May 26, 2022
Use variables for more than just the where clause in your queries
May 26, 2022
Use variables for more than just the where clause in your queries
Newbie 29 posts
Followers: 6 people

The topic of this post is pretty simple, you can use variables anywhere in your query.  It doesn’t just have to be in the Where clause.  You can use them for the table name you want to query from.  You could even use them for the columns in the select statement too if the need was there.  To get to the why of when you may want to use variables this way I need to go down the rabbit hole of a request I just had to build.  Hopefully it will help give an idea of how this flexibility helps and how you might make use of it.

I was tasked to build a site that would display a bunch of results from different surveys.  Each page would look the same and have a right sidebar with some definitions and descriptions, then a chart of the survey data on the left, with a data table underneath to show the data in tabular form.  It seems pretty straightforward but surveys have these pesky things called scales with their answers.  Those scales can change from survey to survey.  Sometimes the answers are yes or no, sometimes they are strongly disagree to strongly agree, never to always, and so on.

So we have a standard format that we want to display all these survey results but how can one account for all of these different answer scales without making a query for each survey.  Then you have to account for the graphs and tables changing from survey to survey too.  So there is a lot going on here and I’ll touch on the latter points but the focus here is on the query problem.

The first thing I did was make a table for each survey’s responses.  They have a couple common columns in each survey table but the rest of the columns are unique to each survey and it’s scale.  Each possible answer has two columns.  One which holds the number of responses and one with the percent of total responses.  For example using a Yes/No scale, the table has the common columns and then Yes_N, Yes_Pct, No_N, and No_Pct.  _N columns hold the number of responses and _Pct holds the percent of total responses.  This naming convention is carried over across all of the survey tables.  So that solves how to store the survey data.  Having a shared standardized format is a key down the road when we display the data.  Next, how do we get to the data without multiple queries.  The answer is I make a separate table that holds information about each survey.  In this table I have a column named “responseTable” that holds the table name with the survey data we need.  I use the primary key from this table to link to the data in the answers table because sometimes different surveys can have the same answer scale and those should be stored together to use the database efficiently.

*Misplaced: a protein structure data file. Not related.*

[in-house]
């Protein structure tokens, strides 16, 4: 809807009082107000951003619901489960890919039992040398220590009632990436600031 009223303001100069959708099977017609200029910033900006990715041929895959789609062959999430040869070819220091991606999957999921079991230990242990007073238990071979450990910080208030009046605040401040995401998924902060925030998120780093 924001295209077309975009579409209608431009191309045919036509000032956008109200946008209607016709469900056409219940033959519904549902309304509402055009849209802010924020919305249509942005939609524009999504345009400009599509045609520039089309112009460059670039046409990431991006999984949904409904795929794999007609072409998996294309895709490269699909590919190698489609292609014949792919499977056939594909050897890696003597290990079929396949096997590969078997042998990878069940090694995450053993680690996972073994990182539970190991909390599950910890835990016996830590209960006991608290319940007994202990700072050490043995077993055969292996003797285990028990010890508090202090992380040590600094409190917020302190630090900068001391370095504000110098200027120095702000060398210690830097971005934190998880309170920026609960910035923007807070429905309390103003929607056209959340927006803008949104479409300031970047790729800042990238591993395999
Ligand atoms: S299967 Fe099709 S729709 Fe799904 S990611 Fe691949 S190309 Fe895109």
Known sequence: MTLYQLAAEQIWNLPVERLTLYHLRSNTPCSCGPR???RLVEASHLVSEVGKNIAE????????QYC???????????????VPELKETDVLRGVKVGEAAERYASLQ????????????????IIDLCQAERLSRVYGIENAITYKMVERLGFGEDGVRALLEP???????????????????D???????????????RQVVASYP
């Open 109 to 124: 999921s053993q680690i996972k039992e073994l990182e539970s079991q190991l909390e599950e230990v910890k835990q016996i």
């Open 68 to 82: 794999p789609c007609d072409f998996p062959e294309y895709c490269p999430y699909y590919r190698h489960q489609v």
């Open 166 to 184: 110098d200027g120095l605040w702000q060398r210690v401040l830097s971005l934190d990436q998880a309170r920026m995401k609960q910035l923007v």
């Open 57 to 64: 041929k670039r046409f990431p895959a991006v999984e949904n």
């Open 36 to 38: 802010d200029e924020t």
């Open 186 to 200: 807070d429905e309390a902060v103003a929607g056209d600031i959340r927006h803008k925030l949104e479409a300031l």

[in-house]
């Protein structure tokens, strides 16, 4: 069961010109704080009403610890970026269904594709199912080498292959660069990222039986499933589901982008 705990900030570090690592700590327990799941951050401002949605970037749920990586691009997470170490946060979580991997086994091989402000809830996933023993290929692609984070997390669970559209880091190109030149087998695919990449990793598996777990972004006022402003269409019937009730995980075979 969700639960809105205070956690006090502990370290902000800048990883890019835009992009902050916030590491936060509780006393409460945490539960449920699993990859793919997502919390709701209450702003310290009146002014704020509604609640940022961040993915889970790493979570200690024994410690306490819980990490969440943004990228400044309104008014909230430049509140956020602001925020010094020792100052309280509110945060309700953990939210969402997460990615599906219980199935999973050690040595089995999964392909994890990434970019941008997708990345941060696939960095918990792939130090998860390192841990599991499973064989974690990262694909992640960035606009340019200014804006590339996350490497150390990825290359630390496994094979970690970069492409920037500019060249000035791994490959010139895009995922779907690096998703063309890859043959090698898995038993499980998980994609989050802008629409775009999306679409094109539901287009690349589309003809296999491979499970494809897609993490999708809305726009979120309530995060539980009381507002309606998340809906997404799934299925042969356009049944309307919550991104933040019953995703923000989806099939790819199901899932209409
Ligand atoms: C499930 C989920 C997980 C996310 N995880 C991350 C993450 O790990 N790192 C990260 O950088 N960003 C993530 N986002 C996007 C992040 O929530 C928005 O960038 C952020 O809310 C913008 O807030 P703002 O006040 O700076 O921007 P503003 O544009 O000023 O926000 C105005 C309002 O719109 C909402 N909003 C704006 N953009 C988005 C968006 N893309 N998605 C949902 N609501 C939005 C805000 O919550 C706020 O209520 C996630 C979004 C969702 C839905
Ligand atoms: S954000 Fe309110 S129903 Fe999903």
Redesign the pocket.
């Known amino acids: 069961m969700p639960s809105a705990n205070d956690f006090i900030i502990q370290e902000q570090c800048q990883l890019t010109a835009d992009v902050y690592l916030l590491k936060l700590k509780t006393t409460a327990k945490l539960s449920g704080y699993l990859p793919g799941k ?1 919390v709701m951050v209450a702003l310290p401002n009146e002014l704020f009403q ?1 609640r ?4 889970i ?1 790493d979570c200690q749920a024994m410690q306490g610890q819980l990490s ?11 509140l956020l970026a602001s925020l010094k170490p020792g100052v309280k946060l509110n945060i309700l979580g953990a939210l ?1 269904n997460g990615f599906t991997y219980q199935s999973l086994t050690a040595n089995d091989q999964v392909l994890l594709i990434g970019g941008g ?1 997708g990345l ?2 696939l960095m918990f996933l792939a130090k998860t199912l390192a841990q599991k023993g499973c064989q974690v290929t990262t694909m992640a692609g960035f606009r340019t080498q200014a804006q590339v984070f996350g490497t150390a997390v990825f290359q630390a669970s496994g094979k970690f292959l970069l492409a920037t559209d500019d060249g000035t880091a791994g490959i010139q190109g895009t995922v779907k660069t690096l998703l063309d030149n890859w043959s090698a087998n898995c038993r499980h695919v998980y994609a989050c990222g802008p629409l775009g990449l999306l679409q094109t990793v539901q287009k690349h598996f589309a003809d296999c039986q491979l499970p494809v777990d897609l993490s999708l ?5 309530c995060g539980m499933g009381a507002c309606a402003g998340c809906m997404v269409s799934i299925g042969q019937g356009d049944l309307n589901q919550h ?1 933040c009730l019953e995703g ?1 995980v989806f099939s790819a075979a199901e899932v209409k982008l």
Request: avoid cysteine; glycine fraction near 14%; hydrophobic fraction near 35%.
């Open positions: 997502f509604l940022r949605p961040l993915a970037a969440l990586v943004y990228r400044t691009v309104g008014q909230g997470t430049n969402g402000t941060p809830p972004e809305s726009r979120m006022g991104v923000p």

So when I pull up the page where I need to pull the data to display I use the ID passed in to get the row out of the survey description table.

qrySurveyDetails = queryExecute(‘Select name, description, responseTable from surveyDescription Where pkey = :surveyKey’, {   surveyKey = { cfsqltype = ‘cf_sql_varchar’, value = surveyID } }, { datasource = dsnName } );

Now that I have the table name I can go out to get the survey data itself.  This is where I use the variable in a query creatively.

qrySurveyData = queryExecute(‘Select * from #qrySurveyDetails.responseTable# Where surveyDescription_pkey = :surveyPkey’, { surveyKey = { cfsqltype = ‘cf_sql_varchar’, value = surveyID }}, { datasource = dsnName } );

Yeah, I used select * which you really should avoid as much as possible.  Pull what you need and not everything.  But this is a special case, remember that we do not know the column names because the scales can change from survey to survey.  What we have done right now is setup a structure where with two queries we can get the responses from any survey and we are good to go.  We don’t need a query for each type of survey anymore.  Now I have simplified this a bit and you may have some ideas in your head of things we’ll also need.  I’m just focusing on using variables in the queries in different ways.  You do need to do some more work to really dial this all in.  For example, I have a lookup table out there that turns the standardized column names such as “StronglyDisagree_N” to plain English “Strongly Disagree”.

So that’s a real world case of how to someone can use variables in more than the Where clause to solve some tricky problems.  Now I did say I would touch on the tables/graphs display because another thing you probably noticed is I used “Select *” because I didn’t know the column names.  The answer is that with queries I have access to the column names by using #qrySurveyData.ColumnList#.  I filter out the common columns among the tables and then just loop the rest and use my lookup table to translate them to plain English.  When I am outputting the query I leverage the ability to treat a query like a structure and again use variables creatively.

Here’s a quick simplified example of how to do that:

for ( i=1; i<= qrySurveyData.recordCount; i++ ) {
for ( column in qrySurveyData.columnList ) {
// filter out those common columns
                     if ( !listfindnocase( ‘pkey,createdOn,createdBy’, column ) )
                                        writeOutput( qryTempData[column][i] );
So I may have gotten a bit carried away with the details of how I used the results but I think use cases are the best way to visualize new things.  A lot of times when reading I am thinking this is cool but how would I use it.  Hopefully this gives an idea of how it might solve a real world problem.
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